Yurts, kittens, theological radio stations, whiskey, Berlin, jean shorts, shamisen, water rats, squatter politics & traffic-light juggling shows.
On the first day of Berlin’s gold-soaked summer, I simultaneously lost my job and my apartment and found myself suddenly unattached in a city I had called home for the last three years. Walking out of the office I had just been fired from, I immediately crossed the street to seek a home in one of the city’s many squats.
Teepee Land, as the name suggests, is a village comprising crudely constructed teepees and yurts, gleaming white along the banks of the River Spree. A core group of resident “Teepeelanders” is supplemented by a constantly changing population of guests and travelers. The dynamic in the squat community swings wildly from drunken camaraderie to screaming matches. I lived there for three months over that summer, before the cold set in and the communal tensions began to wear on me.—Jazz Meyer
These two kittens were born on the day that I asked for refuge. As long as there is space, Teepee Land will accept anyone for a probationary stay.
The kittens provided much-needed comfort and comic relief in what was sometimes a tense environment. Playing amongst the teepees and piles of accumulated and abandoned building materials, they were oblivious to the politics playing out around them.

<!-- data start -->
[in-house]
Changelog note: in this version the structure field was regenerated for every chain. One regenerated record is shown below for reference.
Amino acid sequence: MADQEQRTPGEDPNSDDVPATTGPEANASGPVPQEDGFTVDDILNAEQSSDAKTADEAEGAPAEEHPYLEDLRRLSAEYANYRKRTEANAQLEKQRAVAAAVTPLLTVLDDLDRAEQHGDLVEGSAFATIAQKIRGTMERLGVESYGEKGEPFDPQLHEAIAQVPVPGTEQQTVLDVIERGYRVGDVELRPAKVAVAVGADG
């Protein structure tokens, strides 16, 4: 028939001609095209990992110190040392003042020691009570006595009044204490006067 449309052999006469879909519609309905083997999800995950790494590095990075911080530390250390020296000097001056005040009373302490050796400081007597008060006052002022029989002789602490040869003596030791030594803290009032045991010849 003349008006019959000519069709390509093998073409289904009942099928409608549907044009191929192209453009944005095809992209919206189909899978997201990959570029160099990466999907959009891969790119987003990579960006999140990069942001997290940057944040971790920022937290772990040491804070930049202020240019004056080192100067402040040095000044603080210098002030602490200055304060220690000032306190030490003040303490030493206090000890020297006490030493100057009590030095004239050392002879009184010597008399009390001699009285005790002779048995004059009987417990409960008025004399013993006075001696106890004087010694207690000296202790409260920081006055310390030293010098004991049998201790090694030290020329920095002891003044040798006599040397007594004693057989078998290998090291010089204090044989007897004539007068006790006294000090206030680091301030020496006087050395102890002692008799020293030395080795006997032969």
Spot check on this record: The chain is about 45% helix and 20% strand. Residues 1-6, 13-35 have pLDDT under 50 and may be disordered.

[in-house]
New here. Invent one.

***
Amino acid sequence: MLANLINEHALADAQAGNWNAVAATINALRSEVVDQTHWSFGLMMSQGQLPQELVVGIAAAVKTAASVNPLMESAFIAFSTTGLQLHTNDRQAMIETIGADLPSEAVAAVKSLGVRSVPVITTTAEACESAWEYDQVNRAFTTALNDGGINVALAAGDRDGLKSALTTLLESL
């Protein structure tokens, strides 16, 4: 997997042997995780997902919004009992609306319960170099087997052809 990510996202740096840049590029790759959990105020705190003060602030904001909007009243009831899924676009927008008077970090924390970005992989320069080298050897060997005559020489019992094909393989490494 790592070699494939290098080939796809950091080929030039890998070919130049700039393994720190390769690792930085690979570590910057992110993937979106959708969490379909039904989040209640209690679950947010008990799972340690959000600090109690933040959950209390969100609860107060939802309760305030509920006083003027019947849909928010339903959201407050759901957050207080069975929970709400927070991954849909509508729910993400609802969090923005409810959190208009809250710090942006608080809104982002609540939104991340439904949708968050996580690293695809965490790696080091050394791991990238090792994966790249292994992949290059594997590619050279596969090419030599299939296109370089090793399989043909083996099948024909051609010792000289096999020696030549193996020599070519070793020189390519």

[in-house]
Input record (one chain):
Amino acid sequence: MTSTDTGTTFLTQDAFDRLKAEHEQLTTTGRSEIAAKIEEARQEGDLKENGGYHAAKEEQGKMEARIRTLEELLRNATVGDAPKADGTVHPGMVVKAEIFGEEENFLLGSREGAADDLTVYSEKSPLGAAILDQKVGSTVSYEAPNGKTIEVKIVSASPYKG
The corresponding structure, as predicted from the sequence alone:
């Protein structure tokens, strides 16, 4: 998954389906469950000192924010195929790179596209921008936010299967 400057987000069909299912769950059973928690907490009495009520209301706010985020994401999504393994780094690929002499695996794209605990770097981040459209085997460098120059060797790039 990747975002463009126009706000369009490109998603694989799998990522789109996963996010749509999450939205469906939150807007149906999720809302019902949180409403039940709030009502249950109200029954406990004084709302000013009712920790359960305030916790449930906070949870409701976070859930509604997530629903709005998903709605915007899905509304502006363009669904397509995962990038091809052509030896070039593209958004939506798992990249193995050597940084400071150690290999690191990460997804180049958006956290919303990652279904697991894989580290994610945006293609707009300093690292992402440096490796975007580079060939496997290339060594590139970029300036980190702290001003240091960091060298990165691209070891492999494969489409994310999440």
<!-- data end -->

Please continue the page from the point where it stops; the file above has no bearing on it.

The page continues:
On one of my last nights in Teepee Land, the black kitten was given away. His owner could no longer afford to feed both of them.
Alba and Jazz
After being accepted as a probationary guest, I was given a key to a teepee, to be shared with a Spanish girl, Alba, who had moved in five days earlier. We had never met. By a lucky coincidence, Alba was also a filmmaker and photographer, documenting life in Berlin’s underbelly, and we struck up a friendship—a benefit when sharing a single bed in a ramshackle teepee.
At night, one or the other of us would often be woken by the scuttling sounds of a water rat searching for food and shelter in our home. More than once we woke up to the even more disconcerting sound of someone attempting to open the door.
Alba had given up a stable but unfulfilling source of income to follow her passion of filmmaking, and as the summer rolled on she spent almost all of her time working on her documentary. At the same time, she was eating through the last of her savings and felt more and more stuck in a squat that was fast affecting her mental health. As often as possible, she would stay with friends rather than get caught up in the aggression and tension she experienced in the squat.
Oliver is one of Teepee Land’s core residents, having lived there for five years. He’d spent much of his life moving between different communities in Europe, looking for home. Before moving to Teepee Land, he was on the path to becoming a Christian monk in a monastery in France. By this time he was spending most of his time chain-smoking in the squat’s kitchen while playing the solitaire app on his phone and listening to an American theological radio station. Although he’d discovered that monkhood was not for him, he still held strong Christian views, peppered with conspiracy theories.